Contributing to an RRSP may be horrific advice for low income Canadians.
I was invited to discuss this on TVO’s The Agenda with Steve Paikin this past Friday night. The other panelist was Liz Mulholland, the CEO of Prosper Canada. You can watch the show here.
What’s the deal?
For low income seniors, they may be entitled to what’s known as the GIS (Guaranteed Income Supplement). This is an “income-tested” benefit, and every dollar of income can clawback the benefit received at a rate of 50 cents per dollar of income (and sometimes the effective clawback can be much higher). This would feel like adding another 50% income tax to whatever tax you would pay on an RRSP/RRIF withdrawal (which is itself treated as taxable income).
So it’s possible to make an RRSP contribution, get no refund, and then lose more than 50% of withdrawals down the road for low-income Canadians.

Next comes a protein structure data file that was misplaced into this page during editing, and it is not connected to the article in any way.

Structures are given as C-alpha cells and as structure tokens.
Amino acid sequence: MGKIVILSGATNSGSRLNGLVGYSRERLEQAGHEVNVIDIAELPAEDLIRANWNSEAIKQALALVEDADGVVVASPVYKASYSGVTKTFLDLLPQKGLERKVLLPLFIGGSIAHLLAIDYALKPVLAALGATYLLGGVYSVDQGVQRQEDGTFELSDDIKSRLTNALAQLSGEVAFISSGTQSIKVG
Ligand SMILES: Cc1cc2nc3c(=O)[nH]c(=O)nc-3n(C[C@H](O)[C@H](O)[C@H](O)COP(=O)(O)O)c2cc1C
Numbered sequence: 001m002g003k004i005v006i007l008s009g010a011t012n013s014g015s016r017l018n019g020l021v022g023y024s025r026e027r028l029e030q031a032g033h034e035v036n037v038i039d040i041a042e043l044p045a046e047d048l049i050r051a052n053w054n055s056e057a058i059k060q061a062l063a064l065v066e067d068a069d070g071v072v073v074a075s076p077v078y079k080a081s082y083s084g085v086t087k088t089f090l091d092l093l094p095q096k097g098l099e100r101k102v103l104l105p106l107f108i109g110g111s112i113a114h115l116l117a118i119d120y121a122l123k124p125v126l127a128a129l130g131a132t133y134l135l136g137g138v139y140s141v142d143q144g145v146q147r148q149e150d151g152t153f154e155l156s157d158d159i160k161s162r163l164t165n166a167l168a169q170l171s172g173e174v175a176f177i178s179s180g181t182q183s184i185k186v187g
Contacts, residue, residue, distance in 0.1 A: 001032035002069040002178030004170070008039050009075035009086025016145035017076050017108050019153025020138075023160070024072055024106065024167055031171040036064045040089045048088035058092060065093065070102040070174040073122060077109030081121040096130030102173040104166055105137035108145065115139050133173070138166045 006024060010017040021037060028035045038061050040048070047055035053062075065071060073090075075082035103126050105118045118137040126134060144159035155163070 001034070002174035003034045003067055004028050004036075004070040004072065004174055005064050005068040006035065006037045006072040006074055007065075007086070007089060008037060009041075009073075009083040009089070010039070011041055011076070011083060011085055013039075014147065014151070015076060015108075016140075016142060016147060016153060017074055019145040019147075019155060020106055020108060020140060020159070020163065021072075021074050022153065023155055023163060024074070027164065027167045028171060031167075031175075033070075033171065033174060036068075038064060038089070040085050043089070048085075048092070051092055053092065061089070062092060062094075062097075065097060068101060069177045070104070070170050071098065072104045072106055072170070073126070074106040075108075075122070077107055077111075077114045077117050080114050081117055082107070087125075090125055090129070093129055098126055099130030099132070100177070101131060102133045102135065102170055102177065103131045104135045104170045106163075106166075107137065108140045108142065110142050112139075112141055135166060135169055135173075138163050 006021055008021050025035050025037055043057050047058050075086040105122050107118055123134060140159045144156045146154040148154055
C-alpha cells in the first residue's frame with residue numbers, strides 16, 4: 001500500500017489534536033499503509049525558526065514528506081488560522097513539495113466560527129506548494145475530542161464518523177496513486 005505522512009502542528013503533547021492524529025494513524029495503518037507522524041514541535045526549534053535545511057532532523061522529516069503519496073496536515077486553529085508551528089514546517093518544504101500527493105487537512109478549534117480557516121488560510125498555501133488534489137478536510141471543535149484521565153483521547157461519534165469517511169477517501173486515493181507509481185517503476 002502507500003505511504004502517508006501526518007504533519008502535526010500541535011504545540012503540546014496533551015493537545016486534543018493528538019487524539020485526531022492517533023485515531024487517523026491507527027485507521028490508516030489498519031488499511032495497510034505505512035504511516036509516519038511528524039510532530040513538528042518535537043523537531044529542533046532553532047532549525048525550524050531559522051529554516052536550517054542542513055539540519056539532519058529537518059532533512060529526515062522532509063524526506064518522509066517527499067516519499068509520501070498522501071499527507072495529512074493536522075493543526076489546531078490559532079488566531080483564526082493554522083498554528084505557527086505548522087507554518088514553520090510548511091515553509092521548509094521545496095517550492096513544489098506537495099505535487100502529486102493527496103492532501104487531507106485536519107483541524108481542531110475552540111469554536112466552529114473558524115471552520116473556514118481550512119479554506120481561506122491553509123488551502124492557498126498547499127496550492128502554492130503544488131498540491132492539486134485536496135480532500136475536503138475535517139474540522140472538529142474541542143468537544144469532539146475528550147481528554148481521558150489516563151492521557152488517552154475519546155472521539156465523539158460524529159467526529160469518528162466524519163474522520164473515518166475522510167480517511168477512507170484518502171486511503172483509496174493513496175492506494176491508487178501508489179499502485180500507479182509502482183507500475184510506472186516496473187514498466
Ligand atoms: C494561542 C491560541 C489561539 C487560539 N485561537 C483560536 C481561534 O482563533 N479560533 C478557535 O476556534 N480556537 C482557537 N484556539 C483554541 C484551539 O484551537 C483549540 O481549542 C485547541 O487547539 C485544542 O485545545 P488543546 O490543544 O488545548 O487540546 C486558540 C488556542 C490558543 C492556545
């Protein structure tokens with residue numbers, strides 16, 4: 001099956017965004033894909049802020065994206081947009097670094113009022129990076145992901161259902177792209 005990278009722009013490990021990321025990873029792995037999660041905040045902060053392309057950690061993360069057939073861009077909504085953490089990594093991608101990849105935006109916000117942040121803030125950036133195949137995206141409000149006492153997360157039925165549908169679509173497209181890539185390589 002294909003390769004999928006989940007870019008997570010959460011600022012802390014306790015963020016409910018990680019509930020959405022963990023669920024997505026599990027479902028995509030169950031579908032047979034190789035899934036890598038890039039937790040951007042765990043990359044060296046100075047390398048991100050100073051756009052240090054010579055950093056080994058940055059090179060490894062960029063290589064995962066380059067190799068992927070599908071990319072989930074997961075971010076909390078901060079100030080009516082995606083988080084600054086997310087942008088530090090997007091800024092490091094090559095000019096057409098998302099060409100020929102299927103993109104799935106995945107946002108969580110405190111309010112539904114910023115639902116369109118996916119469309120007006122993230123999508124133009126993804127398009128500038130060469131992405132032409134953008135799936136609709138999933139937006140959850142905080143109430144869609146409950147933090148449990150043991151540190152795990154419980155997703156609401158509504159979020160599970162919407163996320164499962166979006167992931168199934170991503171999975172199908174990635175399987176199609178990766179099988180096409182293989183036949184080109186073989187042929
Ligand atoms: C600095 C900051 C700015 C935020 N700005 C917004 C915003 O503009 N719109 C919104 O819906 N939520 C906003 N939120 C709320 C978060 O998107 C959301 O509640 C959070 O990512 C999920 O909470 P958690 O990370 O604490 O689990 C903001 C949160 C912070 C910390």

Further, one has to take into account the impact of delaying or advancing any CPP benefits differently. Since CPP is income, taking it early will also reduce any GIS clawback. Conversely, taking it later would increase the clawback.
Saving into a TFSA should be the default option for lower income earners in most cases.
Help spread the word
There is some sophisticated planning required to help low-income Canadians due to the volume of programs, exceptions, and interactions between these programs.
Luckily, John Stapleton has put together a guide that can help people understand this upside-down world. You can download that guide here. You can also visit his website to learn more. While written with Ontario case studies, the framework is applicable nation-wide.
Thank you, John.